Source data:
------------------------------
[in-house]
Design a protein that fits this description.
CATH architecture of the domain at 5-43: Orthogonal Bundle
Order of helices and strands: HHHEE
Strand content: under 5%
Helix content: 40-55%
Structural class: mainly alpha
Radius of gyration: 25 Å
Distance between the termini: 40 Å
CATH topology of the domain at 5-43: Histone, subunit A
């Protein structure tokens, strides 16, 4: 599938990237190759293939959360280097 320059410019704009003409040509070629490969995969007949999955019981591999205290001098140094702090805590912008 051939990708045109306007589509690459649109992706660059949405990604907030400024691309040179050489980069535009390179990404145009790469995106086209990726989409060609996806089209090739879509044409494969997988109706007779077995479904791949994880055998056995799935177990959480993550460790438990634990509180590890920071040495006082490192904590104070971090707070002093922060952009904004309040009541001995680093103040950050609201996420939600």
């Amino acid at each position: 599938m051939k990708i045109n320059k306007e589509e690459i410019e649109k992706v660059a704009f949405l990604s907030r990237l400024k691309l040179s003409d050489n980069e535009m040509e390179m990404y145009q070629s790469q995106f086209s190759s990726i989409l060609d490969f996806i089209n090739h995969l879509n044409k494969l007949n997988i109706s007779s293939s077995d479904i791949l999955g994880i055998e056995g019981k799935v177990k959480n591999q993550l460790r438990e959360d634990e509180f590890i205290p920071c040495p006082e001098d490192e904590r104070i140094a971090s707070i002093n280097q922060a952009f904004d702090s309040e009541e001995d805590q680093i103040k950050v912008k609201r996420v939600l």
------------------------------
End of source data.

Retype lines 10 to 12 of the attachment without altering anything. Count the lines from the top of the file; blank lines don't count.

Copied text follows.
CATH topology of the domain at 5-43: Histone, subunit A
């Protein structure tokens, strides 16, 4: 599938990237190759293939959360280097 320059410019704009003409040509070629490969995969007949999955019981591999205290001098140094702090805590912008 051939990708045109306007589509690459649109992706660059949405990604907030400024691309040179050489980069535009390179990404145009790469995106086209990726989409060609996806089209090739879509044409494969997988109706007779077995479904791949994880055998056995799935177990959480993550460790438990634990509180590890920071040495006082490192904590104070971090707070002093922060952009904004309040009541001995680093103040950050609201996420939600």
């Amino acid at each position: 599938m051939k990708i045109n320059k306007e589509e690459i410019e649109k992706v660059a704009f949405l990604s907030r990237l400024k691309l040179s003409d050489n980069e535009m040509e390179m990404y145009q070629s790469q995106f086209s190759s990726i989409l060609d490969f996806i089209n090739h995969l879509n044409k494969l007949n997988i109706s007779s293939s077995d479904i791949l999955g994880i055998e056995g019981k799935v177990k959480n591999q993550l460790r438990e959360d634990e509180f590890i205290p920071c040495p006082e001098d490192e904590r104070i140094a971090s707070i002093n280097q922060a952009f904004d702090s309040e009541e001995d805590q680093i103040k950050v912008k609201r996420v939600l």